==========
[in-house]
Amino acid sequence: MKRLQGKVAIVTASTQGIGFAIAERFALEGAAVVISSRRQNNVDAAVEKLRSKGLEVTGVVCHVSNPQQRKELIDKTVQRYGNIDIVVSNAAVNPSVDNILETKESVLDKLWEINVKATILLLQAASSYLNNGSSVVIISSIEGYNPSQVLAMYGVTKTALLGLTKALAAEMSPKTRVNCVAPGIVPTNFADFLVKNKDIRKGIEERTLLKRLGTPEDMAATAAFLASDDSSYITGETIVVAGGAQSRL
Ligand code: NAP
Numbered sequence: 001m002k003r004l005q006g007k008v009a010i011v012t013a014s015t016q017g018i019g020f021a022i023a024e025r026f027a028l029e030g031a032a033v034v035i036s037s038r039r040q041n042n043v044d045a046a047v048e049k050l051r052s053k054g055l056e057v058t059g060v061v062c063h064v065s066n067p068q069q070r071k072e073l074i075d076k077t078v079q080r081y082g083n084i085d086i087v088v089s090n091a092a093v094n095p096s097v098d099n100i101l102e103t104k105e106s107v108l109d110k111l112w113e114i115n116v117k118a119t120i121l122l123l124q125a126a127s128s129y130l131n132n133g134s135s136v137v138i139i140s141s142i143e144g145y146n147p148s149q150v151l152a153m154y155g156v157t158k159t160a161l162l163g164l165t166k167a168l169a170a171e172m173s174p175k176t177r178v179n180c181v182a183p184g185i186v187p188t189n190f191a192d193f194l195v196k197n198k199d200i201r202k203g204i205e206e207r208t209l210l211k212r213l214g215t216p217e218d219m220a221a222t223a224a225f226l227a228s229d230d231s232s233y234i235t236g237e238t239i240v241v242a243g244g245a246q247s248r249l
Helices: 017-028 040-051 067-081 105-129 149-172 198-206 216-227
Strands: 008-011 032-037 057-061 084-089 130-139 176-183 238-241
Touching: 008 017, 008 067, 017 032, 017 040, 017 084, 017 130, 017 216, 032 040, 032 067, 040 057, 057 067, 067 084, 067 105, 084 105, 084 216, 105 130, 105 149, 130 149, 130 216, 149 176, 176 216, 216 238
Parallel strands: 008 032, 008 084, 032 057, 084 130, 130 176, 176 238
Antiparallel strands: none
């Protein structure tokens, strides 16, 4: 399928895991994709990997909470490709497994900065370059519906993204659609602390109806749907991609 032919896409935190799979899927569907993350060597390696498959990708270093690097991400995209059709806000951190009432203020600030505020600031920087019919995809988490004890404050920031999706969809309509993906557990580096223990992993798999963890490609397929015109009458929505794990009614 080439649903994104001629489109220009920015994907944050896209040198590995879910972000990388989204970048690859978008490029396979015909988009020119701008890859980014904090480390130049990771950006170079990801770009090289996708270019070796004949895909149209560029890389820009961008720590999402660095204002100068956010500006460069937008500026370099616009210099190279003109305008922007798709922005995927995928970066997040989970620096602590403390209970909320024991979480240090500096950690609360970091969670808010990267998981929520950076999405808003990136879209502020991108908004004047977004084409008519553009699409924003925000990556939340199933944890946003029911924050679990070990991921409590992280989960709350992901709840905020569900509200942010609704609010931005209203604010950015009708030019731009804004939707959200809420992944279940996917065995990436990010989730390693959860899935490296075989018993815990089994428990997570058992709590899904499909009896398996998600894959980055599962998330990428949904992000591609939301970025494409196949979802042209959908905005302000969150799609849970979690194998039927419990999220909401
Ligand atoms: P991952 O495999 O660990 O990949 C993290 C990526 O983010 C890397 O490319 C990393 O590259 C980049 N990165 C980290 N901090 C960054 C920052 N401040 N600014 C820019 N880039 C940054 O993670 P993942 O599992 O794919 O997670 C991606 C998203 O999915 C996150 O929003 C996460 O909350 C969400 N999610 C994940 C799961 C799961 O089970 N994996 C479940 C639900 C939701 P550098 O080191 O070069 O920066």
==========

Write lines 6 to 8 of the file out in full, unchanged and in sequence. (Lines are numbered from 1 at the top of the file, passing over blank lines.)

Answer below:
Strands: 008-011 032-037 057-061 084-089 130-139 176-183 238-241
Touching: 008 017, 008 067, 017 032, 017 040, 017 084, 017 130, 017 216, 032 040, 032 067, 040 057, 057 067, 067 084, 067 105, 084 105, 084 216, 105 130, 105 149, 130 149, 130 216, 149 176, 176 216, 216 238
Parallel strands: 008 032, 008 084, 032 057, 084 130, 130 176, 176 238